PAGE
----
Maker of erectile dysfunction drug admits it wasn’t ‘all natural’
02/20/2014 5:36 PM
02/20/2014 5:38 PM
An Ashe County man pleaded guilty in federal court on Thursday to defrauding consumers of nearly $5 million by misbranding erectile dysfunction drugs and selling them as “all natural supplements.”
Kamran Rezapour, 52, of Creston, pleaded guilty before U.S. Magistrate Judge David Keesler to one count of wire fraud and two counts of drug misbranding.
At Thursday’s plea hearing, Rezapour admitted that from 2009 through April 2013, he defrauded consumers of nearly $5 million by fraudulently and falsely claiming that his erectile dysfunction products were “100 percent safe and natural,” prosecutors said.
Rezapour also admitted that his products contained ingredients similar to prescription drugs such as Viagra, which require FDA approval to market and distribute, according to prosecutors.
Rezapour was the owner and operator of Nutrition for Health Inc., and Mojo Risen LLC, according to court documents. Through those companies Rezapour sold dietary supplements, male enhancement drugs and erectile dysfunction drugs, including Mojo Risen, Mojo Sensation and VajiVedic.
Court records indicate that Rezapour advertised Mojo Risen and other erectile dysfunction pills as nonprescription, “all natural” herbal supplements. As part of his plea, Rezapour admitted that in order to induce customers to purchase his Mojo Risen, he made multiple and false claims that the sexual enhancement products were “100 percent safe and natural” and without “harsh and dangerous side effects.”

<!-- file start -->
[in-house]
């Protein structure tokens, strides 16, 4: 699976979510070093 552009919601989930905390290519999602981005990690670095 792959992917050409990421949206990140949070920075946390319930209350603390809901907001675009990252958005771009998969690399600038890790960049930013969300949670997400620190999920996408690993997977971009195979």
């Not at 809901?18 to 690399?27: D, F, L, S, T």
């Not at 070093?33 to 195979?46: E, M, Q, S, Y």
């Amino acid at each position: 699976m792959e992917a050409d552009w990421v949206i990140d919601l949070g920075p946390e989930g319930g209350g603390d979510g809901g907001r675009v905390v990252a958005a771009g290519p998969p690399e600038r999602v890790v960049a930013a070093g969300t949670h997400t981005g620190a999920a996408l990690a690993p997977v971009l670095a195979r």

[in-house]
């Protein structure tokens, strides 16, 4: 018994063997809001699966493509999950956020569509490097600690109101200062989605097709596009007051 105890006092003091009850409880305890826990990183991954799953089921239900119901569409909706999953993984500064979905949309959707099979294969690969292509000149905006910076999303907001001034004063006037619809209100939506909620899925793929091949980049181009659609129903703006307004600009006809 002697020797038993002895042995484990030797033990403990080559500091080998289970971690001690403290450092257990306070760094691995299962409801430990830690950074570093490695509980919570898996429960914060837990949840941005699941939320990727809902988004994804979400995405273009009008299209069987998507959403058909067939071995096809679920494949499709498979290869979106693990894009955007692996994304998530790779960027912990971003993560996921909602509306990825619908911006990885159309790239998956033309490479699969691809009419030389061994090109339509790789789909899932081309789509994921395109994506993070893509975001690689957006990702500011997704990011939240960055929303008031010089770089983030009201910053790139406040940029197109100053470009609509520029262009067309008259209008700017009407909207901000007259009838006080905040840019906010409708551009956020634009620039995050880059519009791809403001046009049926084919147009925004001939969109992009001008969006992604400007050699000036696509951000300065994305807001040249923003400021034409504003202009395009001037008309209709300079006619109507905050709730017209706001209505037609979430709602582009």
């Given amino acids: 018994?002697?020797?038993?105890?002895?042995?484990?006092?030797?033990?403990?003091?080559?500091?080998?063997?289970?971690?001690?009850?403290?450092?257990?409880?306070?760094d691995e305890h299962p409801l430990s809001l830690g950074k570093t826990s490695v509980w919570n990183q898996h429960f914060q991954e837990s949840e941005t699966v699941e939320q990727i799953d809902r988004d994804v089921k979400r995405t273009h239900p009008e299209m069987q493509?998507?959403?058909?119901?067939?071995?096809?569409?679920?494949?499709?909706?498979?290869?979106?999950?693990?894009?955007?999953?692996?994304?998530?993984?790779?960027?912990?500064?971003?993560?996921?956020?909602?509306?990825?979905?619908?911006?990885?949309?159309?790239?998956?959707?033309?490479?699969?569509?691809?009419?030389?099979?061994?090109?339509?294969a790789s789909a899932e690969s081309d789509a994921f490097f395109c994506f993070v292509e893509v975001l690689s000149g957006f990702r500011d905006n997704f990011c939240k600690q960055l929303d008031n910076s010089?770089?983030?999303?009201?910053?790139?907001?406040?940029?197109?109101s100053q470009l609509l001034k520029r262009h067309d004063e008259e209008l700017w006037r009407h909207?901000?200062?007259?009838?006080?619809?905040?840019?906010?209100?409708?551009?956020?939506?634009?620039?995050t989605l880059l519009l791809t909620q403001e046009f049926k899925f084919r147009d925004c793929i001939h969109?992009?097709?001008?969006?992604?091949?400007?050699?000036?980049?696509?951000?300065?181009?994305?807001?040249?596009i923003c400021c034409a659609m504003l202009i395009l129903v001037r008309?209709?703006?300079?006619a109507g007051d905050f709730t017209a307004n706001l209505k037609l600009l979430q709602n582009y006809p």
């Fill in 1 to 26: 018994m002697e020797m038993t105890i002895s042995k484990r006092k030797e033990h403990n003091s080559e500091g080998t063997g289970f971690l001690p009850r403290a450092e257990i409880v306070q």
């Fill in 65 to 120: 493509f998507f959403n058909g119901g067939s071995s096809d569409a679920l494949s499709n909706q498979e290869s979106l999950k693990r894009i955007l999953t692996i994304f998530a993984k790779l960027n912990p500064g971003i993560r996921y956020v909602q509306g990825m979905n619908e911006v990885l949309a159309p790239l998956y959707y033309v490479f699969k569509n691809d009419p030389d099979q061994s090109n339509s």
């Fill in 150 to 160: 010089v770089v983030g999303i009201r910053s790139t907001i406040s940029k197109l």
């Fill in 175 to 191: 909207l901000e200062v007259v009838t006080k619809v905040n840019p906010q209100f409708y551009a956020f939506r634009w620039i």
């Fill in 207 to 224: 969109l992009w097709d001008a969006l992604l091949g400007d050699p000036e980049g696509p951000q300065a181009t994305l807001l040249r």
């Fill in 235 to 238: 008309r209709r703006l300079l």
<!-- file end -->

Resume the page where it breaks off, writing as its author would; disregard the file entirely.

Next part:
Rezapour admitted in court Thursday that those claims were false, prosecutors said. Court documents indicate that Mojo Rissen, Mojo Sensation and VajiVedic contained pharmaceutical and prescription compounds, including sildenafil, the active ingredient in Viagra, and its chemical analogue noracetildenafil, which Rezapour smuggled into the U.S. from China.
Rezapour did not list sildenafil, noracetildenafil or any other prescription ingredient in the packaging and advertising material for the supplements and did not provide any warnings about the possible side effects of sildenafil and noracetildenafil, authorities said.
Those products also did not bear the symbol “Rx only” on their labels, as is required for all prescription drugs, according to court documents.
According to court records, Rezapour and his Chinese supplier evaded detection of the pharmaceutical and prescription compounds by U.S. Customs authorities and the FDA by falsely labeling the packages as “paint products,” “care product (s)” and “gift (s),” prosecutors alleged.
Rezapour distributed the products nationwide, including to customers in Charlotte, and received about $4,944,939 in payments for the fraud scheme, authorities said.
During the course of the investigation, law enforcement agents seized about $1.5 million in funds, and gold and silver coins in connection with the fraud. Authorities said Rezapour has agreed to forfeit all these assets as part of his plea agreement.
Rezapour faces a maximum prison term of 20 years and a $250,000 fine for the wire fraud charge and a maximum prison term of three years and a $250,000 fine for each count of misbranding drugs.
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